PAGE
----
The attacking midfield department is blessed with quite a few promising youngsters, who have the potential to expand their horizons in the future.
With clubs preferring to buy talents at the age of 18-20, scouting the right player for the right profile might be cumbersome.
Here, we analyse some of the top talents under the age of 23, who are deployed in attacking midfield and determine their strengths, weaknesses and worth.
The stats are for the 2018/19 season and updated until 18th January. For uniformity, the stats per 90 minutes was normalised by dividing it by the average value of all players of that particular attribute.
Hence, a radar graphic was arrived for every player. This radar gives information on the player’s strengths and weaknesses and also compares the player with other players across all the attributes.
The attribute rank ranks that particular player among the five players considered.
The market value of the player was taken from transfermarkt.
Sancho emerged as the best dribbler among the chosen players and he is ahead by some margin. French genius Aouar too shows promise in this department, excelling with his unique style of taking on opponents.
HIGHEST BUILD-UP INVOLVEMENT
Again, it’s the English wonder-kid Sancho, who comes out on top, with Under not so far behind.
MAXIMUM EXPECTED GOALS+ASSISTS
At this point, Sancho must be overlooked, given his all-round ability. Alli and Under keeping popping up in promising areas and garner a good stat of expected goals+assists.
MAXIMUM KEY PASSES
Sancho’s vision is way superior to that of the other players and the stats regarding key passes per 90 minutes show just that. Again, Under comes close, mainly due to his superb delivery of crosses from wide areas.
HIGHEST SHOT VOLUME
Under and Aouar get into advanced position and hence record voluminous shots every game.
MAXIMUM CHANCES CREATED
This has a lot to do with the style of play of the teams and the other players on the field who are tasked with creating chances. For instance, the presence of Cristian Eriksen does not allow Alli to expand his creative abilities.
Nevertheless, it’s worth noting that Sancho and Under lead the charts yet again.
Nottingham Forest icon Martin O’Neill is honoured to be returning to the City Ground as manager and wants to end the club’s long exile from the Premier League.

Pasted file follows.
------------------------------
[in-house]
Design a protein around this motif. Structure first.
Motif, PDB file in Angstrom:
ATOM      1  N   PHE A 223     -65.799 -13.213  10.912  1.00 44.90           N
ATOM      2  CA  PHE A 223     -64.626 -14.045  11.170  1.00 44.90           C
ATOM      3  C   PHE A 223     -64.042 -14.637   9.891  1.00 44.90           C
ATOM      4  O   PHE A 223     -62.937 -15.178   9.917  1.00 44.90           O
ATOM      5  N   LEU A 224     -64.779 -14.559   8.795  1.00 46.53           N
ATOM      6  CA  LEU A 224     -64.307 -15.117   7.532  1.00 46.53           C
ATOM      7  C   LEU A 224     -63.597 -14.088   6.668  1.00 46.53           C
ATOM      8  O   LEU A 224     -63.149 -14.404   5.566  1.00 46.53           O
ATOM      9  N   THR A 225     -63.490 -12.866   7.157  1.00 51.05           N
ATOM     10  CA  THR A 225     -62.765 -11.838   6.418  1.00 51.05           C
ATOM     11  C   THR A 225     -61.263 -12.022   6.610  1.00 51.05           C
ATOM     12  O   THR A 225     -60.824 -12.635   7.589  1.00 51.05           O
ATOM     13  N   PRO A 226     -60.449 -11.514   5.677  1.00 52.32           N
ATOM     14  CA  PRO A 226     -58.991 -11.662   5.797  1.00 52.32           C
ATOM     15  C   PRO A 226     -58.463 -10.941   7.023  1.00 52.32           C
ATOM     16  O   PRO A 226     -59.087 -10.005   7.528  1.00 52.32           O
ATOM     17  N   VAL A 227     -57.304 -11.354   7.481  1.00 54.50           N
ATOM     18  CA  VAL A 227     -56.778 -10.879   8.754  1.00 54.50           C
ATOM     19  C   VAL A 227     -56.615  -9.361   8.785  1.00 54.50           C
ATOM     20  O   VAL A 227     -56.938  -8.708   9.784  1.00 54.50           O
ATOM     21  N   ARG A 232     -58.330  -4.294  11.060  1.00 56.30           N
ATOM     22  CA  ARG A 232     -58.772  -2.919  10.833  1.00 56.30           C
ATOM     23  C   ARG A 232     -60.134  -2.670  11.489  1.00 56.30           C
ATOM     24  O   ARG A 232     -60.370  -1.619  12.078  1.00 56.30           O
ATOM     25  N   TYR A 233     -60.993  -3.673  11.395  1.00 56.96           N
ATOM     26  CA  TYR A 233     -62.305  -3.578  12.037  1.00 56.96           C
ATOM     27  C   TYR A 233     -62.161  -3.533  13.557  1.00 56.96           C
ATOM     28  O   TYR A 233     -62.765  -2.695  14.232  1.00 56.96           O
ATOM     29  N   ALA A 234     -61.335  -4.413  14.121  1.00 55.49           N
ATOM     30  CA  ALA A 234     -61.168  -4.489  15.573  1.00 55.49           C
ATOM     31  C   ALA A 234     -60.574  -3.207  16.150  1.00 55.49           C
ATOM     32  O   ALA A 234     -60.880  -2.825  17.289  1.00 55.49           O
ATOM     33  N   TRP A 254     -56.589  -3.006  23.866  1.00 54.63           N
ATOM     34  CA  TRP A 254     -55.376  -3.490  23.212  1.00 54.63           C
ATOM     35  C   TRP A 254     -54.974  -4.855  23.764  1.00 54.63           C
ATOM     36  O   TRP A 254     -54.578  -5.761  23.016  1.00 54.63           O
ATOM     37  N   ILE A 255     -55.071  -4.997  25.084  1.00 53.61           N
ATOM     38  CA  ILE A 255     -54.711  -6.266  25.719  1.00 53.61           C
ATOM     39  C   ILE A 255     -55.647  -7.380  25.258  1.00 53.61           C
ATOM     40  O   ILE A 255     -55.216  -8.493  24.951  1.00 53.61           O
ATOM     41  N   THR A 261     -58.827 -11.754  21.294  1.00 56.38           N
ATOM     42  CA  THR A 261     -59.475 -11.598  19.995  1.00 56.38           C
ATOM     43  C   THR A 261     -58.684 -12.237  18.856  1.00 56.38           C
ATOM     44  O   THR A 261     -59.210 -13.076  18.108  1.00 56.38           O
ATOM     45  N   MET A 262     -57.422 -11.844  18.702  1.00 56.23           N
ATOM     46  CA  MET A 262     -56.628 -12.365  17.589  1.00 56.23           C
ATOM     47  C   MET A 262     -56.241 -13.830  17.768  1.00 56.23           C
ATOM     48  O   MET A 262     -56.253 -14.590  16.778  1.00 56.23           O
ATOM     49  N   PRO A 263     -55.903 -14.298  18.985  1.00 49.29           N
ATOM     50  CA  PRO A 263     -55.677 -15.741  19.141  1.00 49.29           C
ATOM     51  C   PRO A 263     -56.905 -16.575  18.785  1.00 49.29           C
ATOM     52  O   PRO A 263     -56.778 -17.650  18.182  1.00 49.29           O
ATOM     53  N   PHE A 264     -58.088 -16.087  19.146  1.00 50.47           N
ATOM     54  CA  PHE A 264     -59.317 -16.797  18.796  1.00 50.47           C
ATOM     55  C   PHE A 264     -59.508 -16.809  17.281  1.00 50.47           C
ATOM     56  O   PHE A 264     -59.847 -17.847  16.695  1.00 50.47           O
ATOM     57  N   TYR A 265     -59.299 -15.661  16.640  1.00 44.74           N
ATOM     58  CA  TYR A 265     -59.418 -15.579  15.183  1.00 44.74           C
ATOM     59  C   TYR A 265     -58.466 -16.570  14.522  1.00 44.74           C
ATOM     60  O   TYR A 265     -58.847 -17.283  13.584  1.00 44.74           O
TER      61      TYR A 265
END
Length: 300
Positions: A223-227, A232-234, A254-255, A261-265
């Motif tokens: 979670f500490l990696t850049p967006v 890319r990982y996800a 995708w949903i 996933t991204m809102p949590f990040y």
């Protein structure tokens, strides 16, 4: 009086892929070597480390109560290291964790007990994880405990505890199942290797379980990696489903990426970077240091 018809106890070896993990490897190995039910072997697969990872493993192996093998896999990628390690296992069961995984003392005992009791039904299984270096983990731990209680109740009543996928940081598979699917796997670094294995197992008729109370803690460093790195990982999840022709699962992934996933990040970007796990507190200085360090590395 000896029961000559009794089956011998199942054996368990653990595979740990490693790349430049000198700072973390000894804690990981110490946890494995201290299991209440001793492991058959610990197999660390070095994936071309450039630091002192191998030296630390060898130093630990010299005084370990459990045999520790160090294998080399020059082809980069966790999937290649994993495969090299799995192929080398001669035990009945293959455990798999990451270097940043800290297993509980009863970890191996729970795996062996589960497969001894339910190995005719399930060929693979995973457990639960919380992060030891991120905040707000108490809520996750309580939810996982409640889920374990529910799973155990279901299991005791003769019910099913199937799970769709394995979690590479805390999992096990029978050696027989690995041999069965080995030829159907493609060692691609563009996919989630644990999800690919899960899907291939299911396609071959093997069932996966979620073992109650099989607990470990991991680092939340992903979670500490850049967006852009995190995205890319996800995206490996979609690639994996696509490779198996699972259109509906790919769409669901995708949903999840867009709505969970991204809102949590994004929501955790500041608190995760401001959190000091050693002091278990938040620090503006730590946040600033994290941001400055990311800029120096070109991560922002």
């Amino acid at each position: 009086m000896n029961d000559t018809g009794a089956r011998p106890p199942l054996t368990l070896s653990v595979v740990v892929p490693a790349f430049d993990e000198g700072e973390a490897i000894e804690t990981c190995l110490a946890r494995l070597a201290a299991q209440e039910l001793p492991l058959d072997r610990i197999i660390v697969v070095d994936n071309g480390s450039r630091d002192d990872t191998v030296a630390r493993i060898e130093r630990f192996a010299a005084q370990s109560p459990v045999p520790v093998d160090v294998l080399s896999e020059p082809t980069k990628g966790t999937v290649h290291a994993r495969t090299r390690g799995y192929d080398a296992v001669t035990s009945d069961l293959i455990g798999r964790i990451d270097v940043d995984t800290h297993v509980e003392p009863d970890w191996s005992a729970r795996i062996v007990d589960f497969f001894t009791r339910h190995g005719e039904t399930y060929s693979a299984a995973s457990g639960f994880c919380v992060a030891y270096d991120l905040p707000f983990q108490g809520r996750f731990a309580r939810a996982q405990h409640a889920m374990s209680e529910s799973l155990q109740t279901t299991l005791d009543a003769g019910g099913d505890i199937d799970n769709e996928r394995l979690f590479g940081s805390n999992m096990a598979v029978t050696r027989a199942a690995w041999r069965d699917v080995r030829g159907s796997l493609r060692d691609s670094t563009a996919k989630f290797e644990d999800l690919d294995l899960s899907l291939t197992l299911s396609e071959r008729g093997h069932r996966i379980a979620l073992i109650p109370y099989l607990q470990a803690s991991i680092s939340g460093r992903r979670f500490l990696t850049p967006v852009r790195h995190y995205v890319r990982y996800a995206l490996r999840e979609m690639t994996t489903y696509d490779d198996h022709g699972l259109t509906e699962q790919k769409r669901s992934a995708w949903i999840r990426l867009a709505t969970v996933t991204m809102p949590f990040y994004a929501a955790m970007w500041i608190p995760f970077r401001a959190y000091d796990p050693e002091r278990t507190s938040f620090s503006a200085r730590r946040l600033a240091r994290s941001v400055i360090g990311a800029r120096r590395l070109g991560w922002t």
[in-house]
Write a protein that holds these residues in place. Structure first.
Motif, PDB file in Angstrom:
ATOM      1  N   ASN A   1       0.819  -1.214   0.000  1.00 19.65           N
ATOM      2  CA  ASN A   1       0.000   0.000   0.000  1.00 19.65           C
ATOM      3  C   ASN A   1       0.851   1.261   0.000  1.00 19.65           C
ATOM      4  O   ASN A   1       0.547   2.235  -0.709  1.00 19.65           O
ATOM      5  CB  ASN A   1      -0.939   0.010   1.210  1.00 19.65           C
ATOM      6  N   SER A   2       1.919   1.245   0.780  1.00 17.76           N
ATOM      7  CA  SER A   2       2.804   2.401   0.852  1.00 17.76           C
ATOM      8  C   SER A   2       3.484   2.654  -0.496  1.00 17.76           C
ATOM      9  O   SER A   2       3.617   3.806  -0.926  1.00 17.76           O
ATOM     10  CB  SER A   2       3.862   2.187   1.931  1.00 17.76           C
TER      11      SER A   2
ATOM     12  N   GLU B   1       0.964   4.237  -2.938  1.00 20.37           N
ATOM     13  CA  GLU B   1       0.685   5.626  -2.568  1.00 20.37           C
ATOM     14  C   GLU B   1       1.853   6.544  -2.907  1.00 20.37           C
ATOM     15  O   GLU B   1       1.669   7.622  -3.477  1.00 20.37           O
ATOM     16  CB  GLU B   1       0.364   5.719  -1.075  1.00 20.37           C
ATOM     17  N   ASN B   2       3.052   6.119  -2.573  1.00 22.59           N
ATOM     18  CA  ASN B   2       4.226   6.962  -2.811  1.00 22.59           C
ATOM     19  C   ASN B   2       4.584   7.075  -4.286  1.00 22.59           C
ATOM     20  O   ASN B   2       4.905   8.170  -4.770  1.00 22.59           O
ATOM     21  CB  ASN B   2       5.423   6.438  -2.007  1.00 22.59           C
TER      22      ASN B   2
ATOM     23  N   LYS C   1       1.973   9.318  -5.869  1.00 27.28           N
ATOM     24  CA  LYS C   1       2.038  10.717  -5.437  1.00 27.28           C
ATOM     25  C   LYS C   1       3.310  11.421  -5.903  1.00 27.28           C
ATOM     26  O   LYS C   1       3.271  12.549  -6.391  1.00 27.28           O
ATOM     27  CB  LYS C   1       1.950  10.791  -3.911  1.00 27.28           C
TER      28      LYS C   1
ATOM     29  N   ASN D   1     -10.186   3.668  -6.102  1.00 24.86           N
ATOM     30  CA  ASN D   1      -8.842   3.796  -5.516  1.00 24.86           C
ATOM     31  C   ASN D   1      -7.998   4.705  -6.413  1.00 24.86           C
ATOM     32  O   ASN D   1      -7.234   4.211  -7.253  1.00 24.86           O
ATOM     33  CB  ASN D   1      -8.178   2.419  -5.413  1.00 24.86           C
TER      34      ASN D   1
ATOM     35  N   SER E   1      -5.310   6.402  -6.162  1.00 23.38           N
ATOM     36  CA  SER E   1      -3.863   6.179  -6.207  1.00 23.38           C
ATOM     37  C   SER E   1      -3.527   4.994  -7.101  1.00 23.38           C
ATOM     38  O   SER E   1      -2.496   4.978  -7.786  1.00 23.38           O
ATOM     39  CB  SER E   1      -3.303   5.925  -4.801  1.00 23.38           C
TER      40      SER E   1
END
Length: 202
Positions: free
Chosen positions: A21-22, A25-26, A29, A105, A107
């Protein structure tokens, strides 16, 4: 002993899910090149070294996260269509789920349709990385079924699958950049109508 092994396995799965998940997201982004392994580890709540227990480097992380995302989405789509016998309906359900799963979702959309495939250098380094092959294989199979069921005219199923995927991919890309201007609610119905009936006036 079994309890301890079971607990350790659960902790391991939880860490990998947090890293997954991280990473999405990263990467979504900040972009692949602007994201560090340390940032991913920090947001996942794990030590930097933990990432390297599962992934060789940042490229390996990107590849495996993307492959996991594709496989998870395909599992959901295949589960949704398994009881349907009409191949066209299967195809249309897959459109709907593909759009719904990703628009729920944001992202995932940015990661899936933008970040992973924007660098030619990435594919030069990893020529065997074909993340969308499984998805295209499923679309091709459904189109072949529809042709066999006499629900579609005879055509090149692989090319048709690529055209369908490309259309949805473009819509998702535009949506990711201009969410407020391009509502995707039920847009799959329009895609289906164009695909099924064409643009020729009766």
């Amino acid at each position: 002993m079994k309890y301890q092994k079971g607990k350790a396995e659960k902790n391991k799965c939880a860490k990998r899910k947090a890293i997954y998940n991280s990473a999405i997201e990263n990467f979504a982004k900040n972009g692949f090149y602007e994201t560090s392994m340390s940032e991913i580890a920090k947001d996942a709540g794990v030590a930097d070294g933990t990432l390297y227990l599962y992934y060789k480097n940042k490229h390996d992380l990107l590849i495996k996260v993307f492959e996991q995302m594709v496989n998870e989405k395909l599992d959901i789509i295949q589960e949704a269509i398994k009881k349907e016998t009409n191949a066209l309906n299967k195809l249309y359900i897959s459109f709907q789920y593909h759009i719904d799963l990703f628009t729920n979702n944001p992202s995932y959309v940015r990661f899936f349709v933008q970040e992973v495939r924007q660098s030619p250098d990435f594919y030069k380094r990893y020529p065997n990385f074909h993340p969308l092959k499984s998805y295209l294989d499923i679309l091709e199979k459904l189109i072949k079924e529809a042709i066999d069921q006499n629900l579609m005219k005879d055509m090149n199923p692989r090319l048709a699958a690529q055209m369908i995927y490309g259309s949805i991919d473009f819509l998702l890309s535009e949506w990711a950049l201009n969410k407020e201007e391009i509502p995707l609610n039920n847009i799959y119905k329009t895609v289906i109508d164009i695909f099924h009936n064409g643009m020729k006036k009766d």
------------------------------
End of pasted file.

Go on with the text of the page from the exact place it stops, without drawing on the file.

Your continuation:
The 66-year-old enjoyed much success during a decade as a player with the Reds, including winning the old First Division title and two European Cups.
He has agreed an 18-month contract and during that time O’Neill aims get the club back in the top flight, where they have not competed for 20 years.
“It has probably not sunk in yet as things have happened very quickly, but it goes without saying that it’s a privilege and an honour to be manager of this club,” said O’Neill.
“I had 10 years here as a player, and the last five were pretty exceptional.
“It’s a long time since the club has been in the big league and I am going to see if I can rectify that. It’s the only reason to be here. The club has slipped a bit in recent times but hopefully we can rectify that.
“I have to get to know the players in ultra quick time, but that’s OK. This is it, this is what I’m here to do.”
O’Neill takes over a team ninth in the Championship table, four points behind local rivals Derby, who occupy the final play-off spot.
Asked if promotion was possible this season, he said: “I’m not going to rule anything out. Essentially the target is to get promotion. I have to try to do that.
“In terms of the club’s potential, history and support it deserves to be in the big league and if I can’t do that then I will hand over to someone else.”
O’Neill hopes to be joined at the City Ground by Roy Keane, the former Forest midfielder who assisted him during his five years as Republic of Ireland boss.
“I would dearly like him to join us. Since this has happened very quickly he has a number of things to sort out himself,” said O’Neill.
“There’s a spot open for him and I hope it happens. It may not, as he has a few things to sort out himself both personally and professionally.
“He was a great asset to me at the Republic of Ireland and we had some really great days. He can be a handful. He was a special player, fantastic footballer who drove Manchester United on for 10 years and you don’t win those things just sitting around.”
O’Neill replaces Aitor Karanka after the Spaniard’s departure last week and he becomes the club’s 11th full-time manager since 2011.
“I wasn’t particularly aware of that,” said O’Neill. “I think in this day and age managers are getting less and less time, you have to get going.”
Leeds boss Marcelo Bielsa was under the limelight on Wednesday evening after he explained his motives behind the infamous spy-gate incident.
Bielsa explained his method of studying an opponent before a game and showcased all the efforts that went into it.
In the lengthy press conference, the Leeds boss maintained that what he did might be perceived as unethical, but it was not illegal.
Derby counterpart Frank Lampard was not impressed though
“It’s certainly a league issue now because it’s the league, it’s every team, so it’s up to them [the EFL] to decide what goes on from now,” he said, according to Goal.
“He gave an impression of himself. I haven’t seen Pep Guardiola give that, I haven’t seen Jurgen Klopp give that, [Mauricio] Pochettino give that. They do it behind closed doors definitely, but they don’t do it to the public.
“It’s probably a nice eye-opener for the fan to see it because most of these things are done behind closed doors. They’re done everywhere so there’s no amazement from anyone who works in football. They would not be amazed in the slightest, it’s par for the course.”